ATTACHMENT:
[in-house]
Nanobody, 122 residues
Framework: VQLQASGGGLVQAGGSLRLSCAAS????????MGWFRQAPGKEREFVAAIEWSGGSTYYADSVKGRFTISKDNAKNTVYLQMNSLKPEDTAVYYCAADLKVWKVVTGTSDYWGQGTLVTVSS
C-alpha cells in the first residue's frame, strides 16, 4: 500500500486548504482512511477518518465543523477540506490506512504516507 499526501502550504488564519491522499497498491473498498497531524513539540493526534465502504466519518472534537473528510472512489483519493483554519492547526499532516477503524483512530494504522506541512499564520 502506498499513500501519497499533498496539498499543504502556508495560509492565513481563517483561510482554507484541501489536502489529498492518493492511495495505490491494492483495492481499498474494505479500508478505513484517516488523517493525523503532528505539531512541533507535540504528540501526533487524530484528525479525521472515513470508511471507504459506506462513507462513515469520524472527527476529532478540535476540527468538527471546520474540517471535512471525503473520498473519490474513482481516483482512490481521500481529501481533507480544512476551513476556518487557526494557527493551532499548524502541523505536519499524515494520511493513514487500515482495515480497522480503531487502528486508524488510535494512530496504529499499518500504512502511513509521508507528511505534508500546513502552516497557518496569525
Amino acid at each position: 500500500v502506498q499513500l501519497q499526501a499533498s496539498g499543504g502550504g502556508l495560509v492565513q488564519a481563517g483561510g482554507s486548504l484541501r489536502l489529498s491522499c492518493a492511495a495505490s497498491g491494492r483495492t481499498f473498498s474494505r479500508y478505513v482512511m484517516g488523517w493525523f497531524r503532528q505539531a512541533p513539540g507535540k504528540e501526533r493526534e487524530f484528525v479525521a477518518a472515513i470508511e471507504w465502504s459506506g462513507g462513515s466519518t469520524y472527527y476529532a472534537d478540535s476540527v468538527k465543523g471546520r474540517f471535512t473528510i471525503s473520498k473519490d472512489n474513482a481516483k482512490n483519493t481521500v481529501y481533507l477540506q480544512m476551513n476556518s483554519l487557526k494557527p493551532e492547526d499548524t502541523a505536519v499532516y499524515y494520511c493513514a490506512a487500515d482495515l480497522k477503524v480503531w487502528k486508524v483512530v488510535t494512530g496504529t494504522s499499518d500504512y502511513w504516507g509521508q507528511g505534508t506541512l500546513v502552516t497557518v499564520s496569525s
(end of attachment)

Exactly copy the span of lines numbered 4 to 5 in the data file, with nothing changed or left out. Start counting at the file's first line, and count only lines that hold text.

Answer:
C-alpha cells in the first residue's frame, strides 16, 4: 500500500486548504482512511477518518465543523477540506490506512504516507 499526501502550504488564519491522499497498491473498498497531524513539540493526534465502504466519518472534537473528510472512489483519493483554519492547526499532516477503524483512530494504522506541512499564520 502506498499513500501519497499533498496539498499543504502556508495560509492565513481563517483561510482554507484541501489536502489529498492518493492511495495505490491494492483495492481499498474494505479500508478505513484517516488523517493525523503532528505539531512541533507535540504528540501526533487524530484528525479525521472515513470508511471507504459506506462513507462513515469520524472527527476529532478540535476540527468538527471546520474540517471535512471525503473520498473519490474513482481516483482512490481521500481529501481533507480544512476551513476556518487557526494557527493551532499548524502541523505536519499524515494520511493513514487500515482495515480497522480503531487502528486508524488510535494512530496504529499499518500504512502511513509521508507528511505534508500546513502552516497557518496569525
Amino acid at each position: 500500500v502506498q499513500l501519497q499526501a499533498s496539498g499543504g502550504g502556508l495560509v492565513q488564519a481563517g483561510g482554507s486548504l484541501r489536502l489529498s491522499c492518493a492511495a495505490s497498491g491494492r483495492t481499498f473498498s474494505r479500508y478505513v482512511m484517516g488523517w493525523f497531524r503532528q505539531a512541533p513539540g507535540k504528540e501526533r493526534e487524530f484528525v479525521a477518518a472515513i470508511e471507504w465502504s459506506g462513507g462513515s466519518t469520524y472527527y476529532a472534537d478540535s476540527v468538527k465543523g471546520r474540517f471535512t473528510i471525503s473520498k473519490d472512489n474513482a481516483k482512490n483519493t481521500v481529501y481533507l477540506q480544512m476551513n476556518s483554519l487557526k494557527p493551532e492547526d499548524t502541523a505536519v499532516y499524515y494520511c493513514a490506512a487500515d482495515l480497522k477503524v480503531w487502528k486508524v483512530v488510535t494512530g496504529t494504522s499499518d500504512y502511513w504516507g509521508q507528511g505534508t506541512l500546513v502552516t497557518v499564520s496569525s